Bank Card Delinquencies Fall to Lowest Level Since 2001
WASHINGTON – Consumer delinquencies continued to decline in the second quarter of 2012, with bank card delinquencies falling to 11-year lows as consumers shore up their financial base in an uncertain economy, according to results from the American Bankers Association’s Consumer Credit Delinquency Bulletin.
During the second quarter, bank card delinquencies dropped below three percent of accounts for the first time since 2001, falling 15 basis points to 2.93 percent of all accounts and well below the 15-year average of 3.91 percent.
The composite ratio, which tracks delinquencies in eight closed-end installment loan categories, fell 11 basis points to 2.24 percent of all accounts in the second quarter, below the 15-year average of 2.40 percent. The ABA report defines a delinquency as a late payment that is 30 days or more overdue.
James Chessen, ABA’s chief economist, attributed the improvement to continued efforts by consumers to manage their finances.
“Consumers are saving more and borrowing less as they work to pay down debt at a faster rate,” Chessen said. “Economic uncertainty has made consumers hesitant to take on new debt, and building a stronger financial base has become a priority.”
While Chessen found the continued decline encouraging, the report didn’t reflect the kind of comprehensive improvement across categories seen in the first quarter.
“The lack of broad-based improvement gives us pause about the future,” Chessen said. “The economy experienced turbulence in the second quarter. Slow job growth and continued uncertainty means many consumers will face challenges managing their debt going forward.”
Chessen also noted that delinquencies in all three categories of home-related loans rose in the second quarter.
“While the housing market appears to have turned a corner, we are many quarters away from seeing improvement filter through to reduce home-related delinquencies,” Chessen said.
Chessen said consumers should be congratulated on their prudent and cautious behavior toward credit, particularly given the uncertainty they face.
“Good financial planning is the best defense against inevitable economic bumps in the road that lie ahead,” he said. “The economic path is far from certain as Europe continues to struggle and big decisions are needed to deal with the looming U.S. debt cliff.”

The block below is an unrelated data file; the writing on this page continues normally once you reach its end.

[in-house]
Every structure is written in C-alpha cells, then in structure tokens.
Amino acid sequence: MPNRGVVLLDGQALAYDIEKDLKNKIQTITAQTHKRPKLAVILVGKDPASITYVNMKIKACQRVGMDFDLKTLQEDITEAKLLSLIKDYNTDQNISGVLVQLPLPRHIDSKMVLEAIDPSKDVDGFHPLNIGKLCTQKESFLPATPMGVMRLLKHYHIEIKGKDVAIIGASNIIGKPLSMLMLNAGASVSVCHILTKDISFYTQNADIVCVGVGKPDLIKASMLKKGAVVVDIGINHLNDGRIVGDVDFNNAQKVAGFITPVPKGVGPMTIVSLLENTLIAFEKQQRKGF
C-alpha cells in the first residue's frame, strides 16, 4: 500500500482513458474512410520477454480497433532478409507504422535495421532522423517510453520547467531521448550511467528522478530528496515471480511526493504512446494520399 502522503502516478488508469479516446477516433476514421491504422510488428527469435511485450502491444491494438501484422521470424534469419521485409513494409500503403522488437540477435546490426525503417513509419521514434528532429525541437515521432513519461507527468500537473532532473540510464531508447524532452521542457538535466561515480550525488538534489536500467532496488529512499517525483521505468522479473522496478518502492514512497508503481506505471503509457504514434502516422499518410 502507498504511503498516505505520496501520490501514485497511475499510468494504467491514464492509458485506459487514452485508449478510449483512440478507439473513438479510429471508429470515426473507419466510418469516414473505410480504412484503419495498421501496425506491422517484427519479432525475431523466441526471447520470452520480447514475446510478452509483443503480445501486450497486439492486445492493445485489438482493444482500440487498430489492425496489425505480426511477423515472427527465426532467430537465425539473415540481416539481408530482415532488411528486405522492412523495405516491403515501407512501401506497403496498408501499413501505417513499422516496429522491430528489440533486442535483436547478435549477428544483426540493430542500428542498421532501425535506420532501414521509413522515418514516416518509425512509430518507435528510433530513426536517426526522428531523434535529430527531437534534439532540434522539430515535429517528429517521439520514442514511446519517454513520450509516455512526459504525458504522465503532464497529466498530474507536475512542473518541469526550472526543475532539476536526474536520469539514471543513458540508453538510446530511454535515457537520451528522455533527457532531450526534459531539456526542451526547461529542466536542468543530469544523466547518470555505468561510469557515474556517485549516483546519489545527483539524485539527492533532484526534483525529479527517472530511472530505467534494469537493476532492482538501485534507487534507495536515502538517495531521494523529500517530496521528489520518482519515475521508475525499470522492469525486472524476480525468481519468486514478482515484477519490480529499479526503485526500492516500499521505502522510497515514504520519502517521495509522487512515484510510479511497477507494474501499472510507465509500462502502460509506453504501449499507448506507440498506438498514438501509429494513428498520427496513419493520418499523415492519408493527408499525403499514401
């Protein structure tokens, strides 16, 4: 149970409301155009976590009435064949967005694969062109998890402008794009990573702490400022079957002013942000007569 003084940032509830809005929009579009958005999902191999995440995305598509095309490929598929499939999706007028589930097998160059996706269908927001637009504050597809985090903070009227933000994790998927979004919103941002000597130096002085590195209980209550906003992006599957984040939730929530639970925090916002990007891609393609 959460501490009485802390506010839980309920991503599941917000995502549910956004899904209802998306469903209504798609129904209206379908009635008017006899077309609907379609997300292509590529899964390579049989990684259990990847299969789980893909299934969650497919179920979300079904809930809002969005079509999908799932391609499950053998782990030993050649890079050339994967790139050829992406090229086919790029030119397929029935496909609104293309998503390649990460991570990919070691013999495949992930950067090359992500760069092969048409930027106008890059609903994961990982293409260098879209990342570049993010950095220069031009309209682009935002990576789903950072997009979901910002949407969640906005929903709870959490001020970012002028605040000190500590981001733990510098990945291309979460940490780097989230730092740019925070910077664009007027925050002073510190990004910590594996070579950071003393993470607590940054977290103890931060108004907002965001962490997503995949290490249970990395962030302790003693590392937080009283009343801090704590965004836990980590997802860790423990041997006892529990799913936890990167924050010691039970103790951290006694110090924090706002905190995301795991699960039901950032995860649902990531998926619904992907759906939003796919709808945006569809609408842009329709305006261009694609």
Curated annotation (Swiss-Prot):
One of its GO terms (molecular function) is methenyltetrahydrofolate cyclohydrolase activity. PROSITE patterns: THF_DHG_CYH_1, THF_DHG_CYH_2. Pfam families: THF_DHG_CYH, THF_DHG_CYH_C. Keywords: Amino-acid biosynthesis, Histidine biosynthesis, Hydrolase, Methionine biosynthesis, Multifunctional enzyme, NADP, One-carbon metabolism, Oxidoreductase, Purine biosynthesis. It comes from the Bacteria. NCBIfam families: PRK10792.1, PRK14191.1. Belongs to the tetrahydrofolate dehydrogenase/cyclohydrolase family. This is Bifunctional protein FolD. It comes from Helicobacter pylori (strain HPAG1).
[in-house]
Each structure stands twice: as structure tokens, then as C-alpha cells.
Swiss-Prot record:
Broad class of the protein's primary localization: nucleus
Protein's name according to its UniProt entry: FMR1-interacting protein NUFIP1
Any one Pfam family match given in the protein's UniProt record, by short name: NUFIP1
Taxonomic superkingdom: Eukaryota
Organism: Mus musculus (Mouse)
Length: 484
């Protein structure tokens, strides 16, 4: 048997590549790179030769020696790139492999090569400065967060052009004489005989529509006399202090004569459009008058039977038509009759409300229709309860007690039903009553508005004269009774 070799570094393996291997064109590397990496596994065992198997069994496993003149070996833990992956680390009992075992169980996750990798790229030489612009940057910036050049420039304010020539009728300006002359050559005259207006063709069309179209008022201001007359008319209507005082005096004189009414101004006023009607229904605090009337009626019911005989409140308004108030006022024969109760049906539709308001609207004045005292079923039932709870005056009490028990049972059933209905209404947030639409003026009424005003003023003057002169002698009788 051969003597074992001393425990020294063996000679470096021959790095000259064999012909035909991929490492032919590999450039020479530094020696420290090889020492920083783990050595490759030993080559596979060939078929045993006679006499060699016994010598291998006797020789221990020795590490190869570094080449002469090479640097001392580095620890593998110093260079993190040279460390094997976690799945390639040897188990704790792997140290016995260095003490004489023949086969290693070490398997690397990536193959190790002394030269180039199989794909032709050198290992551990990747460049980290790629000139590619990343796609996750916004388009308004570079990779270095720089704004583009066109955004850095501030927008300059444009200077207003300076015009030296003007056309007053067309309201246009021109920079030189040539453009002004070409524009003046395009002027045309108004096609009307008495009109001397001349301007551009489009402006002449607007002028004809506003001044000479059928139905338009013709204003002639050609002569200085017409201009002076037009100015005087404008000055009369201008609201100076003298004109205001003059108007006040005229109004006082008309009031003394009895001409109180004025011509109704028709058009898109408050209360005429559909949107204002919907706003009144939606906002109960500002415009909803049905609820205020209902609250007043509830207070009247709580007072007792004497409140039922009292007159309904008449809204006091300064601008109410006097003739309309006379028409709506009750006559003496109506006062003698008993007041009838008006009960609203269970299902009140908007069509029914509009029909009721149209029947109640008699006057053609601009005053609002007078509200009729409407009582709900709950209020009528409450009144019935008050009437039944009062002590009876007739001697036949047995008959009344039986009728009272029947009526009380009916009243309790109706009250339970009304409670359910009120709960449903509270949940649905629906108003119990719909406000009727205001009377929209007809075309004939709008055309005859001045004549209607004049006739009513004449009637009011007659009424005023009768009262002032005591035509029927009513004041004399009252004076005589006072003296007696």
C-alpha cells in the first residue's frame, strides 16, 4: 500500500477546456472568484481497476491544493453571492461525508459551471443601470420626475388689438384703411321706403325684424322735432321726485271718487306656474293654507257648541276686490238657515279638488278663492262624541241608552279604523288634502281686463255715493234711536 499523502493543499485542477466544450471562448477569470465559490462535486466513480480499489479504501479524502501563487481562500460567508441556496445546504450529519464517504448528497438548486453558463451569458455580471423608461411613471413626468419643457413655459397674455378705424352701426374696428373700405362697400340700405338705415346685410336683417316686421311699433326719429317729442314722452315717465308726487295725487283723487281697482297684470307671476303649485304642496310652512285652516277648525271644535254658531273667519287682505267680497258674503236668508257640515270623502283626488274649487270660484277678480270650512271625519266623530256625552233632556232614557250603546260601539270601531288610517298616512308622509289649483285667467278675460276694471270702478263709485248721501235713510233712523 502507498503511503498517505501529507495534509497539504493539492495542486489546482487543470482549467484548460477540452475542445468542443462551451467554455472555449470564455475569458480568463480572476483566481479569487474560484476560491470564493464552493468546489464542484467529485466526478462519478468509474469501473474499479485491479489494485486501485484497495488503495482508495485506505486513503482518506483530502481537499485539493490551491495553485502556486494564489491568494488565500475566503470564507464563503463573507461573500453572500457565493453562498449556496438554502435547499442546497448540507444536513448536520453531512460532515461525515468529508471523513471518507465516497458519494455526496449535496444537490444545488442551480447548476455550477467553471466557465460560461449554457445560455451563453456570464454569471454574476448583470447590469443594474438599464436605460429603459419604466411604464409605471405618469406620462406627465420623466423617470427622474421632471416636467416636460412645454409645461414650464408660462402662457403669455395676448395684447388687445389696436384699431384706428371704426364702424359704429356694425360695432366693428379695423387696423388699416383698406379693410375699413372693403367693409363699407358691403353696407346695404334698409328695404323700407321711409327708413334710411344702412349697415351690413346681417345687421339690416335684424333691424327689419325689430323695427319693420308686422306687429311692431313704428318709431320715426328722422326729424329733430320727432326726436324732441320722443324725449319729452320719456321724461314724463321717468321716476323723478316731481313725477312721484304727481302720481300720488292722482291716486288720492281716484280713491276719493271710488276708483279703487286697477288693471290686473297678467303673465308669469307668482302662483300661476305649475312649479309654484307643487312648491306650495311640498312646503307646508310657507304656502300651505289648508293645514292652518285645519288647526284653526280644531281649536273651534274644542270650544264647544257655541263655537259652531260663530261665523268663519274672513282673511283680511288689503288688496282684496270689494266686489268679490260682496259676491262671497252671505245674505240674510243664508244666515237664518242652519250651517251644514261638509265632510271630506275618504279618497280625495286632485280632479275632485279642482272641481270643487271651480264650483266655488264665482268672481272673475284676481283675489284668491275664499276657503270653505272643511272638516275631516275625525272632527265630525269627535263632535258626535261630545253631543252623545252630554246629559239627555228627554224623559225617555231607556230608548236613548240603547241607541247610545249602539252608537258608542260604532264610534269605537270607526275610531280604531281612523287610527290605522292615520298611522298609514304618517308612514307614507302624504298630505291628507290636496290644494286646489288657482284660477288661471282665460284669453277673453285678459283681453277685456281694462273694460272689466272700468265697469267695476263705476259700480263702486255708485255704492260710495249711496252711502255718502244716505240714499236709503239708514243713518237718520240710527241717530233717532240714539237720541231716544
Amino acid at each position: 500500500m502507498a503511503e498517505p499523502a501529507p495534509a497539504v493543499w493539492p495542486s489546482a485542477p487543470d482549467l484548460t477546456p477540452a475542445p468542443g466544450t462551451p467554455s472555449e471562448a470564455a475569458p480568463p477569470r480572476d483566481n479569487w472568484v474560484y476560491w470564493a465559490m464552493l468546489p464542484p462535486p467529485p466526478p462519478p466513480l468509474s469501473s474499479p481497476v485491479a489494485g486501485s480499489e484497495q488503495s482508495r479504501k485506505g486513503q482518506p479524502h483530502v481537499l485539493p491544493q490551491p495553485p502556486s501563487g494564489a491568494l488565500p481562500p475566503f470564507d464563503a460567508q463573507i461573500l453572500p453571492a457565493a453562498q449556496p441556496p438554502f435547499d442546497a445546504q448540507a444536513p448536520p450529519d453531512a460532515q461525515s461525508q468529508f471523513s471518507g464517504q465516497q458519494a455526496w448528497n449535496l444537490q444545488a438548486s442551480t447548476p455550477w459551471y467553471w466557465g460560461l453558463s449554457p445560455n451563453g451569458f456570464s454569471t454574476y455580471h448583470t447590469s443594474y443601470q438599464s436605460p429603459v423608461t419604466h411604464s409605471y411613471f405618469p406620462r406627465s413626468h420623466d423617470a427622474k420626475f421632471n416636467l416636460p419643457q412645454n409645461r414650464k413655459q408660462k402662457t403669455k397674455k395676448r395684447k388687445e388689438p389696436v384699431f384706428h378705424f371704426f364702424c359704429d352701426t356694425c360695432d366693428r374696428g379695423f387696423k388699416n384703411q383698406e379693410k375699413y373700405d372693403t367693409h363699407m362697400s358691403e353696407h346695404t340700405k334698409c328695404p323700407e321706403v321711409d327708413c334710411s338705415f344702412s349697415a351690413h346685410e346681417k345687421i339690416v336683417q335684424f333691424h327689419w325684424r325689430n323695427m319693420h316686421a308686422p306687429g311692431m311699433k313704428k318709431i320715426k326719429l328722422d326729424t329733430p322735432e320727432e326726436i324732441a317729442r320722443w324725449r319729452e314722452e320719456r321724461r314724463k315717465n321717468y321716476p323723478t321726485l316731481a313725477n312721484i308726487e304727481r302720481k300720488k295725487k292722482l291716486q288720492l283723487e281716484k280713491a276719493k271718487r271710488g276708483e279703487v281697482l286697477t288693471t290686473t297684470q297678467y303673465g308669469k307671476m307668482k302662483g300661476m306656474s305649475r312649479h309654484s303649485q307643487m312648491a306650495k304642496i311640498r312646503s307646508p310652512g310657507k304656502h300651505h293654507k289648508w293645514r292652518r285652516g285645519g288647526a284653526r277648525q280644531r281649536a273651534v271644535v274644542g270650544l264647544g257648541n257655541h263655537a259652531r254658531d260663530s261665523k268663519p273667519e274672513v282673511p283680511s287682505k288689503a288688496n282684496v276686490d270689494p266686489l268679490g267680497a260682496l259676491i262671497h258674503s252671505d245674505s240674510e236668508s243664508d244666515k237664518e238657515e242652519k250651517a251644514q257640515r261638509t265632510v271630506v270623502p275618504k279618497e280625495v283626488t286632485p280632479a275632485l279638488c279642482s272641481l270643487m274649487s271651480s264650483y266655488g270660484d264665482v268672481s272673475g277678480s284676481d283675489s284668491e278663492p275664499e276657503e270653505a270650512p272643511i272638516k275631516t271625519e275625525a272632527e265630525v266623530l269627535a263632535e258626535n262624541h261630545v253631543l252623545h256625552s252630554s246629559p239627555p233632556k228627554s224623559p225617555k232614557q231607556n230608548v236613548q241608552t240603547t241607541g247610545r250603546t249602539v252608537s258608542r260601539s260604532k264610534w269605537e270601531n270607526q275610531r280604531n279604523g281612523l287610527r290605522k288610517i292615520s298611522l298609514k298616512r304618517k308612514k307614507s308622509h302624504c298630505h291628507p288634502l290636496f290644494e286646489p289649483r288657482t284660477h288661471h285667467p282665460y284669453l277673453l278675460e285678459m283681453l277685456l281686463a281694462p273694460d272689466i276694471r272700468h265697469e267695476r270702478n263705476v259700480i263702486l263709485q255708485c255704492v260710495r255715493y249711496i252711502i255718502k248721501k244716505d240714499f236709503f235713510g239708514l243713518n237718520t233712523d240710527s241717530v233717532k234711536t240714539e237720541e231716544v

Looking forward, Chessen believes that the future outlook depends on a growing economy with stronger job growth.
“A robust economy is the best protector against increased delinquencies,” Chessen said.
The second quarter 2012 composite ratio is made up of the following eight closed-end loans. All figures are seasonally adjusted based upon the number of accounts.
Personal loan delinquencies rose from 2.01 percent to 2.15 percent.
Direct auto loan delinquencies rose from 0.86 percent to 0.92 percent.
Indirect auto loan delinquencies fell from 2.41 percent to 2.23 percent.
Mobile home delinquencies fell from 3.25 percent to 3.15 percent.
RV loan delinquencies rose from 1.11 percent to 1.15 percent.
Marine loan delinquencies rose from 1.44 percent to 1.53 percent.
Property improvement loan delinquencies rose from 0.83 percent to 0.90 percent.
Home equity loan delinquencies rose from 4.00 percent to 4.09 percent.
In addition, ABA tracks three open-end loan categories:
- Bank card delinquencies fell from 3.08 percent to 2.93 percent
- Home equity lines of credit delinquencies rose from 1.78 percent to 1.91 percent.
- Non-card revolving loan delinquencies rose from 1.18 percent to 1.35 percent.
For borrowers having trouble paying down debts, ABA advises taking action -- sooner rather than later -- to solve debt problems with the following tips:
- Talk with creditors – the sooner you talk to them, the more options you have;
- Don’t charge more purchases until your problems are solved;
- Avoid bankruptcy – it’s a short-term solution with long-term consequences; and
- Contact Consumer Credit Counseling Services at 1-800-388-2227.
Indirect auto loan: loan arranged through a third party such as an auto dealer.
Direct auto loan: loan arranged directly through a bank.
Delinquency: late payment that is 30 days or more overdue.
Bank card: a credit card provided by a bank.
Closed-end loan: a loan for a fixed amount of money with a fixed repayment period and regularly scheduled payments.
Open-end loan: a loan with a fixed amount of available credit but a balance that fluctuates depending on usage such as a line of credit.
The American Bankers Association represents banks of all sizes and charters and is the voice for the nation’s $13 trillion banking industry and its two million employees. Learn more at aba.com.